Author and human-rights lawyer Fethiye Çetin (Istanbul, Turkey), will speak on “Echo of Silence” at 7:30 p.m. on Wednesday, April 26, at the Berberian Social Hall of St. Paul Armenian Church, 3767 N. First Street, in Fresno.
The lecture is being held as part of the commemorative activities associated with the 102nd anniversary of the Armenian Genocide, and is part of the Armenian Studies Program Spring 2017 Lecture Series, supported by the Leon S. Peters Foundation.
“I was in a state of shock for a long time — I suddenly saw the world through different eyes. I had grown up thinking of myself as a Turkish Muslim, not an Armenian. There had been nothing in the history books about the massacre of a people that had been erased from Turkey’s collective memory. Like my grandmother, many had buried their identity — and the horrors they had seen — deep inside of them.” ~ Fethiye Çetin (N. Y. Times, 2010)
Fethiye Çetin grew up in Maden, Turkey, and had no reason to suspect that she had other than Turkish Muslim roots. It was only when her maternal grandmother Seher revealed to her that her real name was Heranush that Çetin became aware of her true roots.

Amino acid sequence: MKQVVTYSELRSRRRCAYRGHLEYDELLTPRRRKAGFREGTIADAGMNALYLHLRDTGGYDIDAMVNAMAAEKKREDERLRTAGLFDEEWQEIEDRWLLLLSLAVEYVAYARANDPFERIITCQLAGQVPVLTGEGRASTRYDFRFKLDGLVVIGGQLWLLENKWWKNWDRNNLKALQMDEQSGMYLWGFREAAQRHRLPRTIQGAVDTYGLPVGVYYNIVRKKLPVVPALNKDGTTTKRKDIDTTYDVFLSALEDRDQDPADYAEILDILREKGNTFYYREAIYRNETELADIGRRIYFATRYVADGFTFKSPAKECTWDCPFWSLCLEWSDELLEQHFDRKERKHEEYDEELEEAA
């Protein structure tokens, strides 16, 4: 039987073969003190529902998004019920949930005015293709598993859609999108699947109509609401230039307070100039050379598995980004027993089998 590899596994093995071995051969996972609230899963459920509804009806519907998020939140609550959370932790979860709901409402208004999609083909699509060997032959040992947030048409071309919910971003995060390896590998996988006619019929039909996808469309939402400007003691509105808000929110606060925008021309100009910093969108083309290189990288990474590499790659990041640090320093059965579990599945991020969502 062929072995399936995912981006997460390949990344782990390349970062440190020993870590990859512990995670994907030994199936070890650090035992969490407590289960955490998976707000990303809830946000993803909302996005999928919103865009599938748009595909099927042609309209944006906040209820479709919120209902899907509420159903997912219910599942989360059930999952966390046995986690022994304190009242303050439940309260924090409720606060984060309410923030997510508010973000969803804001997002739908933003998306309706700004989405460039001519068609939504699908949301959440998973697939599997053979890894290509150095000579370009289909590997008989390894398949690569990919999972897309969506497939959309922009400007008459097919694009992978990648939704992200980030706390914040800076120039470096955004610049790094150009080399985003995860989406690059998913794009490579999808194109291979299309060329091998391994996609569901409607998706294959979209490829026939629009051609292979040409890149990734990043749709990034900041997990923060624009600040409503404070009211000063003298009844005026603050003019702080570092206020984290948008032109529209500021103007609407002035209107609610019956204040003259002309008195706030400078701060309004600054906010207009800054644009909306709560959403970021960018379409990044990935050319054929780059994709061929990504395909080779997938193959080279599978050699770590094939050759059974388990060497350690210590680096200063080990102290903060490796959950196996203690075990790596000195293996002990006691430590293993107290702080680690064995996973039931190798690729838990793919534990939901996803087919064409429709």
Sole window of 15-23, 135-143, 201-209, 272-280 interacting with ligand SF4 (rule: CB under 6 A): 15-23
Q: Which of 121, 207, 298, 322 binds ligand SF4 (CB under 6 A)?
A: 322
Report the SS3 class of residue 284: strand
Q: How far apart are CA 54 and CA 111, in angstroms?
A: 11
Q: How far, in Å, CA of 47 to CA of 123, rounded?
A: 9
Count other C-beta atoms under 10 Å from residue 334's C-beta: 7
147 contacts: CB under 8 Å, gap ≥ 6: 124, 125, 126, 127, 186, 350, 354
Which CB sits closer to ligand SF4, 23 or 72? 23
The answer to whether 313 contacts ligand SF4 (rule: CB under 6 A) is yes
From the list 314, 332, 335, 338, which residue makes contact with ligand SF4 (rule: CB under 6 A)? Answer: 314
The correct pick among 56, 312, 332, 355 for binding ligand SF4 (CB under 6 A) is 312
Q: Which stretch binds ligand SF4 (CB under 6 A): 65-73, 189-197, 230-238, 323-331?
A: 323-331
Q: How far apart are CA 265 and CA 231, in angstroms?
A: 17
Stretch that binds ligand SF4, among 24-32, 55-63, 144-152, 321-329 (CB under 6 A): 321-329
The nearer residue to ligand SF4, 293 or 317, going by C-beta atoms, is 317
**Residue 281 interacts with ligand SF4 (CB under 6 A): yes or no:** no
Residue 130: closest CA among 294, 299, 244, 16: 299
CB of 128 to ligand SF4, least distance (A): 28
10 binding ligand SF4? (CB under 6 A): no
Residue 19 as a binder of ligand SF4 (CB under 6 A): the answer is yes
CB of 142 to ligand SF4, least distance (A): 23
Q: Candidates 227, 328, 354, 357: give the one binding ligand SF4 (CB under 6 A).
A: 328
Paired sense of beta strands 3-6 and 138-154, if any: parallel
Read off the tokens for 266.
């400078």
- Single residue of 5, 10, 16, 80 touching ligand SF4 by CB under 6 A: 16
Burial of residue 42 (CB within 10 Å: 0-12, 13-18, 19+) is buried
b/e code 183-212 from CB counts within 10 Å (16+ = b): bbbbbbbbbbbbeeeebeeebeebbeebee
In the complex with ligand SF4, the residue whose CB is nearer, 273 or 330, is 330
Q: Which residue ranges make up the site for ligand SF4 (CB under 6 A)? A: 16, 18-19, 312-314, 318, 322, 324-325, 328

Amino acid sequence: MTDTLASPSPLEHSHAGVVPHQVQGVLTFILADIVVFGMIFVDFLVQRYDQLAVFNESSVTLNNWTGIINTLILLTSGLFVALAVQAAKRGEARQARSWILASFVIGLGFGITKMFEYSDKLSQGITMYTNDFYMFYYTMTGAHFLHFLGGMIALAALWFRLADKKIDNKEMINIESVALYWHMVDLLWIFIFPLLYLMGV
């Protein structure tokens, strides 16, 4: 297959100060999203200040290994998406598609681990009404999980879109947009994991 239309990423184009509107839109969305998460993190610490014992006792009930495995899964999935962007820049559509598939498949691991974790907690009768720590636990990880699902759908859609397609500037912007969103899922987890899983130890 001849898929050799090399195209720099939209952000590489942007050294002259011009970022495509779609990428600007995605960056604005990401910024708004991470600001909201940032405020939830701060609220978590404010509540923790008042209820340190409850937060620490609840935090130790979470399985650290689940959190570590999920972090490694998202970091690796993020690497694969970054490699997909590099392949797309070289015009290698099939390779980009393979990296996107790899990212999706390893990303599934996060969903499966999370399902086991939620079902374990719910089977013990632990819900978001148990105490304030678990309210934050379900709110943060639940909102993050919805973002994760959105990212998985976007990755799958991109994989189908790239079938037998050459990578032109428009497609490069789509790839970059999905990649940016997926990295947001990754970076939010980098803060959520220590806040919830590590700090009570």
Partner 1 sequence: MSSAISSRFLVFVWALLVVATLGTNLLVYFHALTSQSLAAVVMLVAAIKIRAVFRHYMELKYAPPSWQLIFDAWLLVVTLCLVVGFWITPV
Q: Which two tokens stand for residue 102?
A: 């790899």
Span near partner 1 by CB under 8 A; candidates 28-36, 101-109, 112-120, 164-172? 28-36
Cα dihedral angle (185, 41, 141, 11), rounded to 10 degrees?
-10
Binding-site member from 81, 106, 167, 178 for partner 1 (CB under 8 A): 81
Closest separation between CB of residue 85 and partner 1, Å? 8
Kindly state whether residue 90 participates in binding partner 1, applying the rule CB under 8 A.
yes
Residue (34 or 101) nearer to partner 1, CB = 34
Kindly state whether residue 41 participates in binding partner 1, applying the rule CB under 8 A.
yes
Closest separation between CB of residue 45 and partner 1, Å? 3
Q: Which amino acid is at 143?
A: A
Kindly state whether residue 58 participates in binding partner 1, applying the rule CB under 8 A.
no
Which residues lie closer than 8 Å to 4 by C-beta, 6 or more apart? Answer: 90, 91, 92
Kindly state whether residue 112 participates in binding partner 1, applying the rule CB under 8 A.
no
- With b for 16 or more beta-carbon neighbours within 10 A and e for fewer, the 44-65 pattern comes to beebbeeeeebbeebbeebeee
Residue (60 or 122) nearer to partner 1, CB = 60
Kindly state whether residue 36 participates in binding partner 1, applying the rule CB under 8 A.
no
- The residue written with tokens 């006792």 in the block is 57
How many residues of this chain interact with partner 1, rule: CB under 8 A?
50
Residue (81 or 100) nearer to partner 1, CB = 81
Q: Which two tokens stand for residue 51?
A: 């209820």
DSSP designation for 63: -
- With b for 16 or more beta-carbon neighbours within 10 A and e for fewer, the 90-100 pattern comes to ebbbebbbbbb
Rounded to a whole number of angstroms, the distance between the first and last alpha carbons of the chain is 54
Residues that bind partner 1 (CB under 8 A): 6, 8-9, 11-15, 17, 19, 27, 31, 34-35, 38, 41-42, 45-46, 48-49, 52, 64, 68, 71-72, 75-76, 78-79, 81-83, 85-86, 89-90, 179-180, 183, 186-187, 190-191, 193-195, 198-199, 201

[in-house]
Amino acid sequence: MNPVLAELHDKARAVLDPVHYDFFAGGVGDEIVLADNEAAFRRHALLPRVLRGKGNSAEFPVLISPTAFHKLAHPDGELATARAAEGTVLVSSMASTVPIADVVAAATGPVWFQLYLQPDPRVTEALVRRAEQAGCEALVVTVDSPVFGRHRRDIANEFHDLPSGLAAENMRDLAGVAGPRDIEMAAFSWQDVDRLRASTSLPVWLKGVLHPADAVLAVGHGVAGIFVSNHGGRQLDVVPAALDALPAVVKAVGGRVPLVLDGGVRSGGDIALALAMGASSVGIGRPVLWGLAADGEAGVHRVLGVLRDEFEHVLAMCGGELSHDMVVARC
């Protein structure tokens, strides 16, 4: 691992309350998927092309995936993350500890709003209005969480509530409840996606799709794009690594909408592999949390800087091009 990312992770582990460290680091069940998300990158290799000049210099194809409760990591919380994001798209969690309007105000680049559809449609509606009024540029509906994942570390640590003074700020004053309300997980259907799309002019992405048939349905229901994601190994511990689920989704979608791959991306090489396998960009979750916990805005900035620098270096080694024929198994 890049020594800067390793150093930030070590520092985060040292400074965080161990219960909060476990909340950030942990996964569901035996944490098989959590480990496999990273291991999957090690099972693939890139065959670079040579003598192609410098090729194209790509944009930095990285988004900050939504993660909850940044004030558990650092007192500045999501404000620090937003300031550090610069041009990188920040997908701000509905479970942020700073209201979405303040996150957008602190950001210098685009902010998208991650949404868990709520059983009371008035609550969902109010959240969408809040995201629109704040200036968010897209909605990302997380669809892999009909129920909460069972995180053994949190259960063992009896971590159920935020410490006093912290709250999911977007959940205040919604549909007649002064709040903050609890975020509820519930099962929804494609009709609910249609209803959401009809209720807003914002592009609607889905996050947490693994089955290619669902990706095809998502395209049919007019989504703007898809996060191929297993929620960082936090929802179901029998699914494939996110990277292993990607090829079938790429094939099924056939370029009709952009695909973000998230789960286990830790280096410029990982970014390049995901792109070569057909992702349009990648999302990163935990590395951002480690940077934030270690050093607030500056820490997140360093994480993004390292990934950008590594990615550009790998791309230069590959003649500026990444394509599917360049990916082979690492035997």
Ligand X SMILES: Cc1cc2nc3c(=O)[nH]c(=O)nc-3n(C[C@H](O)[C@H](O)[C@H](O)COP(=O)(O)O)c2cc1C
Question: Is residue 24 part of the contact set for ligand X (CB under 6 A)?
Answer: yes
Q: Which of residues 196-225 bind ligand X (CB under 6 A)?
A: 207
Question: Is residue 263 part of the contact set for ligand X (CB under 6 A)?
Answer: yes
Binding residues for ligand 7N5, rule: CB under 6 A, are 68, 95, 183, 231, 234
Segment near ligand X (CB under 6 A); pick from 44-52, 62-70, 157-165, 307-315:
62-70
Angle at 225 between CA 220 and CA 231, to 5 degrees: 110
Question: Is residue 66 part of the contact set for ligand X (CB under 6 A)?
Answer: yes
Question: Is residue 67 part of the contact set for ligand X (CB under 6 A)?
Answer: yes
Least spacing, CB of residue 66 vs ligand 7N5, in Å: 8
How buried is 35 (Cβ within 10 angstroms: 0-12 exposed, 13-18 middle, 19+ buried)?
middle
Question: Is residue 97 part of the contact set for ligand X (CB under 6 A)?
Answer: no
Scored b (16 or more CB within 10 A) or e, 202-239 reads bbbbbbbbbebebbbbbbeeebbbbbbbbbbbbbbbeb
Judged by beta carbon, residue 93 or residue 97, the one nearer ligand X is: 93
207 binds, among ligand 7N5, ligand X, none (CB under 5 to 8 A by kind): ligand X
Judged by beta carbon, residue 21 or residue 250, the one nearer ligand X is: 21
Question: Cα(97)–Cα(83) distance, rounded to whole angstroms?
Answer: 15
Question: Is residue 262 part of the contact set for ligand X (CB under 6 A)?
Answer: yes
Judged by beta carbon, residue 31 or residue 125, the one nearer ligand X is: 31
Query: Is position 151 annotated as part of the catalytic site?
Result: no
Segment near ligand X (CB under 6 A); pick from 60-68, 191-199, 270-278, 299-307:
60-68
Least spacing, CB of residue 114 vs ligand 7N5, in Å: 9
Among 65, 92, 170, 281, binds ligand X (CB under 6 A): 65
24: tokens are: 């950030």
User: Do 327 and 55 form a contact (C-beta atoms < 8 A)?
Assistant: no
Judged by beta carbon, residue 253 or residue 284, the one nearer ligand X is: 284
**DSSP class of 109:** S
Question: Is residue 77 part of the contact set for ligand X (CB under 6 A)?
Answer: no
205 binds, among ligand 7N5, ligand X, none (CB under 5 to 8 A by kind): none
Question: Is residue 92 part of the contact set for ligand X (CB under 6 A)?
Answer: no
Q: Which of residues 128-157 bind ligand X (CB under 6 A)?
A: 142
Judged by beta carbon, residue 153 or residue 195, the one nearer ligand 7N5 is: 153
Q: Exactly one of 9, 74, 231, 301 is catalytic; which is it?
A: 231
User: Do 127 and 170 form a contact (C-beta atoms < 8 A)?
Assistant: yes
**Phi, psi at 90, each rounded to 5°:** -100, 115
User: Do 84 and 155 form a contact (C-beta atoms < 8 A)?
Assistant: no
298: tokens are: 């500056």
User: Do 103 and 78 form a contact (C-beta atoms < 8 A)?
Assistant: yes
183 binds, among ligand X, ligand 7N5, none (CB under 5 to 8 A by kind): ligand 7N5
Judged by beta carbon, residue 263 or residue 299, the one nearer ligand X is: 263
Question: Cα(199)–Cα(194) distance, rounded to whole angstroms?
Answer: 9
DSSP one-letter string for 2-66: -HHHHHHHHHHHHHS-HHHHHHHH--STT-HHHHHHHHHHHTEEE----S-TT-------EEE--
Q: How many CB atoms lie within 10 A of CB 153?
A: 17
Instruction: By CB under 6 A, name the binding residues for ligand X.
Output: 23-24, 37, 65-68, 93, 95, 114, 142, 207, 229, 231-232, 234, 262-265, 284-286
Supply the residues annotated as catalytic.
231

Heranush was born to parents Hovannes and Isguhi Gadaryan, and was taken from her mother’s arms during the Armenian Genocide. She had kept secret her Armenian identity until shortly before her death.
This legacy inspired Çetin’s first book, a memoir published in 2004 about her grandmother’s story entitled “My Grandmother: An Armenian Turkish Memoir,” a compelling account of her gradual discovery of the deep contradiction between her proud nationalist education and the realities buried deep in Turkish society.
The memoir follows Hernanus through the eyes of her granddaughter, from memories of Çetin’s childhood, to the horrendous events of the Armenian Genocide her grandmother revealed to her as an adult.
Çetin will speak about her own choices after learning the truth-whether to speak out or not. She refused to be silent and as a result made significant sacrifices. Today the tide is changing. Where before only the elderly talked about the Genocide, today it is their grandchildren who are talking about it.
Fethiye Çetin is a Turkish lawyer, writer and human rights activist. She has represented the family of slain newspaper editor Hrant Dink.
The lecture is free and open to the public.
For more information about the lecture please contact the Armenian Studies Program at 278-2669, or visit our website at www.fresnostate.edu/armenianstudies.